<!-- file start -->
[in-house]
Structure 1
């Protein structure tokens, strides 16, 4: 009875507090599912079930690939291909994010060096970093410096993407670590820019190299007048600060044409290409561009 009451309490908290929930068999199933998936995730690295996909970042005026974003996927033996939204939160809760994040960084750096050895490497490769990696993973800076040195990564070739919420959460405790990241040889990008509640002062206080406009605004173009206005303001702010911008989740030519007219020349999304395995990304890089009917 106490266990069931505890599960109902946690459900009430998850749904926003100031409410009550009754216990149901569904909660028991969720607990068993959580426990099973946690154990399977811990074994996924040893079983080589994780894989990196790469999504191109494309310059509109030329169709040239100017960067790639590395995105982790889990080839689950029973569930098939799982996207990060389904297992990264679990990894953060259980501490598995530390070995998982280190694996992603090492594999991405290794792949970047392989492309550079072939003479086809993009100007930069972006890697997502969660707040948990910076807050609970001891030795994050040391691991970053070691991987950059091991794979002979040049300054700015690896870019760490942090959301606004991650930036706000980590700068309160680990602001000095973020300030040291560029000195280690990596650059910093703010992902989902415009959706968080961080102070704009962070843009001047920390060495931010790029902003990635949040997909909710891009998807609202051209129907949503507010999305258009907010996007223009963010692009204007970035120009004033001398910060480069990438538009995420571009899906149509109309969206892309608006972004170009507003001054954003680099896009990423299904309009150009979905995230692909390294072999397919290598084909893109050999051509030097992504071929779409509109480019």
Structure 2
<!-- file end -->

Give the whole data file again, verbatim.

[in-house]
Structure 1
């Protein structure tokens, strides 16, 4: 009875507090599912079930690939291909994010060096970093410096993407670590820019190299007048600060044409290409561009 009451309490908290929930068999199933998936995730690295996909970042005026974003996927033996939204939160809760994040960084750096050895490497490769990696993973800076040195990564070739919420959460405790990241040889990008509640002062206080406009605004173009206005303001702010911008989740030519007219020349999304395995990304890089009917 106490266990069931505890599960109902946690459900009430998850749904926003100031409410009550009754216990149901569904909660028991969720607990068993959580426990099973946690154990399977811990074994996924040893079983080589994780894989990196790469999504191109494309310059509109030329169709040239100017960067790639590395995105982790889990080839689950029973569930098939799982996207990060389904297992990264679990990894953060259980501490598995530390070995998982280190694996992603090492594999991405290794792949970047392989492309550079072939003479086809993009100007930069972006890697997502969660707040948990910076807050609970001891030795994050040391691991970053070691991987950059091991794979002979040049300054700015690896870019760490942090959301606004991650930036706000980590700068309160680990602001000095973020300030040291560029000195280690990596650059910093703010992902989902415009959706968080961080102070704009962070843009001047920390060495931010790029902003990635949040997909909710891009998807609202051209129907949503507010999305258009907010996007223009963010692009204007970035120009004033001398910060480069990438538009995420571009899906149509109309969206892309608006972004170009507003001054954003680099896009990423299904309009150009979905995230692909390294072999397919290598084909893109050999051509030097992504071929779409509109480019």
Structure 2